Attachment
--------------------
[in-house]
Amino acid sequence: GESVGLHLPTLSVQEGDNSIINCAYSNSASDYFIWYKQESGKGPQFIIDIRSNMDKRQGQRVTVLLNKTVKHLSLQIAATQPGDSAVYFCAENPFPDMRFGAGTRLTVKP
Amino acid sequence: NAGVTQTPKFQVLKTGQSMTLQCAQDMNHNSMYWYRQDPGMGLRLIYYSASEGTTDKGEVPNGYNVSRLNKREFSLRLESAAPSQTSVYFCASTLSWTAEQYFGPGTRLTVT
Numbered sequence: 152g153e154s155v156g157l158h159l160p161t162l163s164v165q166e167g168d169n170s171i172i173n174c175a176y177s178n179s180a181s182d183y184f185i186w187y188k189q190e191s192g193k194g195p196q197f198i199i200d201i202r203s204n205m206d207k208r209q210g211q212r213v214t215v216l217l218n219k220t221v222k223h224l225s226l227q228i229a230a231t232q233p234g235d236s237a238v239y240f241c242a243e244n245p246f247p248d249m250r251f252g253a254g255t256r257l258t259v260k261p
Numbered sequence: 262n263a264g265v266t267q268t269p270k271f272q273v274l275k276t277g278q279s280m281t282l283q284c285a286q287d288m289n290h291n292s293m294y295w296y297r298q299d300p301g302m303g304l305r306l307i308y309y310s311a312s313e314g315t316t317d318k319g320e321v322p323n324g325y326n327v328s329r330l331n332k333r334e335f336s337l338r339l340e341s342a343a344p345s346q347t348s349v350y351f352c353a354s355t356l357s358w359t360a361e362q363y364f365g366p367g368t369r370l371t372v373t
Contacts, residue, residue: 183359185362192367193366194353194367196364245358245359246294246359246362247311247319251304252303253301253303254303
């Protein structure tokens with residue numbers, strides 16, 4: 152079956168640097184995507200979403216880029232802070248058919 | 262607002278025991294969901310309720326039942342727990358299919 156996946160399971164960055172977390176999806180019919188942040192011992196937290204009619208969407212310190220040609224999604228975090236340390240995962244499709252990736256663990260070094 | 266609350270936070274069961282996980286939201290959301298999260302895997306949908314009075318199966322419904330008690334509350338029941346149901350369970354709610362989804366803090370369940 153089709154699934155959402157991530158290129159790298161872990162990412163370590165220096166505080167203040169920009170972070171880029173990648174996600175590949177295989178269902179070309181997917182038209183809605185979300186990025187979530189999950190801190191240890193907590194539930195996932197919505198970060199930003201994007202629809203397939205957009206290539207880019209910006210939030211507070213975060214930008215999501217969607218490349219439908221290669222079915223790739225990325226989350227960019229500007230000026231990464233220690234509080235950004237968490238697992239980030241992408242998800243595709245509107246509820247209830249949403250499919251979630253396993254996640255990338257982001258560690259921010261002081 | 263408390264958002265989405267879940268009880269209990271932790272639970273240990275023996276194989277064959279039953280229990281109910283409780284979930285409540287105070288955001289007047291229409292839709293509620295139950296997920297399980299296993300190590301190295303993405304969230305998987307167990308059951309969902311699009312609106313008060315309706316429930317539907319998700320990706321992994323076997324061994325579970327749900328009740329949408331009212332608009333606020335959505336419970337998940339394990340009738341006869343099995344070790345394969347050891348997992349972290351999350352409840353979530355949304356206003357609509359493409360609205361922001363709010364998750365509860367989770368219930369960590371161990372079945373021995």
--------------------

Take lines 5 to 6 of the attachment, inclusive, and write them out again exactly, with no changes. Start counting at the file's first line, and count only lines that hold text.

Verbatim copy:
Numbered sequence: 262n263a264g265v266t267q268t269p270k271f272q273v274l275k276t277g278q279s280m281t282l283q284c285a286q287d288m289n290h291n292s293m294y295w296y297r298q299d300p301g302m303g304l305r306l307i308y309y310s311a312s313e314g315t316t317d318k319g320e321v322p323n324g325y326n327v328s329r330l331n332k333r334e335f336s337l338r339l340e341s342a343a344p345s346q347t348s349v350y351f352c353a354s355t356l357s358w359t360a361e362q363y364f365g366p367g368t369r370l371t372v373t
Contacts, residue, residue: 183359185362192367193366194353194367196364245358245359246294246359246362247311247319251304252303253301253303254303